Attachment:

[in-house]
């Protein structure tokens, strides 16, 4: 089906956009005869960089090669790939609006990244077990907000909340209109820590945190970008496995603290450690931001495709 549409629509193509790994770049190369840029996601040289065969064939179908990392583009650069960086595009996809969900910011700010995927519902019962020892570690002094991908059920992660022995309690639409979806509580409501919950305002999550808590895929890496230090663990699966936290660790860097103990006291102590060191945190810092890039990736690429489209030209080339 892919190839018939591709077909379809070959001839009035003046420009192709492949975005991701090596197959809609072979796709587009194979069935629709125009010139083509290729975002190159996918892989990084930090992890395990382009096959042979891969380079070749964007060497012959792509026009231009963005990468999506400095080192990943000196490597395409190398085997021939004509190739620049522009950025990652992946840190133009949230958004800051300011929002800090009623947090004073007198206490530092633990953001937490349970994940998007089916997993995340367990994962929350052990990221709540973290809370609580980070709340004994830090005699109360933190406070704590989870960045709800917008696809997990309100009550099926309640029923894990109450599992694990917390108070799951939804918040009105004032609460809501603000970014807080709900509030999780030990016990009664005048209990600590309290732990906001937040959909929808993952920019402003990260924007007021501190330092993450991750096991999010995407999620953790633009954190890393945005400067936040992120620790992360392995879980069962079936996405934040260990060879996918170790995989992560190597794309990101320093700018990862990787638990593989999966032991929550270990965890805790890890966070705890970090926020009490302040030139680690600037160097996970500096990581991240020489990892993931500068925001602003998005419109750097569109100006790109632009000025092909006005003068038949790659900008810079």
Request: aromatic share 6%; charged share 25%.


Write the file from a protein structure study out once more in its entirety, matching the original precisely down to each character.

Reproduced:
[in-house]
């Protein structure tokens, strides 16, 4: 089906956009005869960089090669790939609006990244077990907000909340209109820590945190970008496995603290450690931001495709 549409629509193509790994770049190369840029996601040289065969064939179908990392583009650069960086595009996809969900910011700010995927519902019962020892570690002094991908059920992660022995309690639409979806509580409501919950305002999550808590895929890496230090663990699966936290660790860097103990006291102590060191945190810092890039990736690429489209030209080339 892919190839018939591709077909379809070959001839009035003046420009192709492949975005991701090596197959809609072979796709587009194979069935629709125009010139083509290729975002190159996918892989990084930090992890395990382009096959042979891969380079070749964007060497012959792509026009231009963005990468999506400095080192990943000196490597395409190398085997021939004509190739620049522009950025990652992946840190133009949230958004800051300011929002800090009623947090004073007198206490530092633990953001937490349970994940998007089916997993995340367990994962929350052990990221709540973290809370609580980070709340004994830090005699109360933190406070704590989870960045709800917008696809997990309100009550099926309640029923894990109450599992694990917390108070799951939804918040009105004032609460809501603000970014807080709900509030999780030990016990009664005048209990600590309290732990906001937040959909929808993952920019402003990260924007007021501190330092993450991750096991999010995407999620953790633009954190890393945005400067936040992120620790992360392995879980069962079936996405934040260990060879996918170790995989992560190597794309990101320093700018990862990787638990593989999966032991929550270990965890805790890890966070705890970090926020009490302040030139680690600037160097996970500096990581991240020489990892993931500068925001602003998005419109750097569109100006790109632009000025092909006005003068038949790659900008810079």
Request: aromatic share 6%; charged share 25%.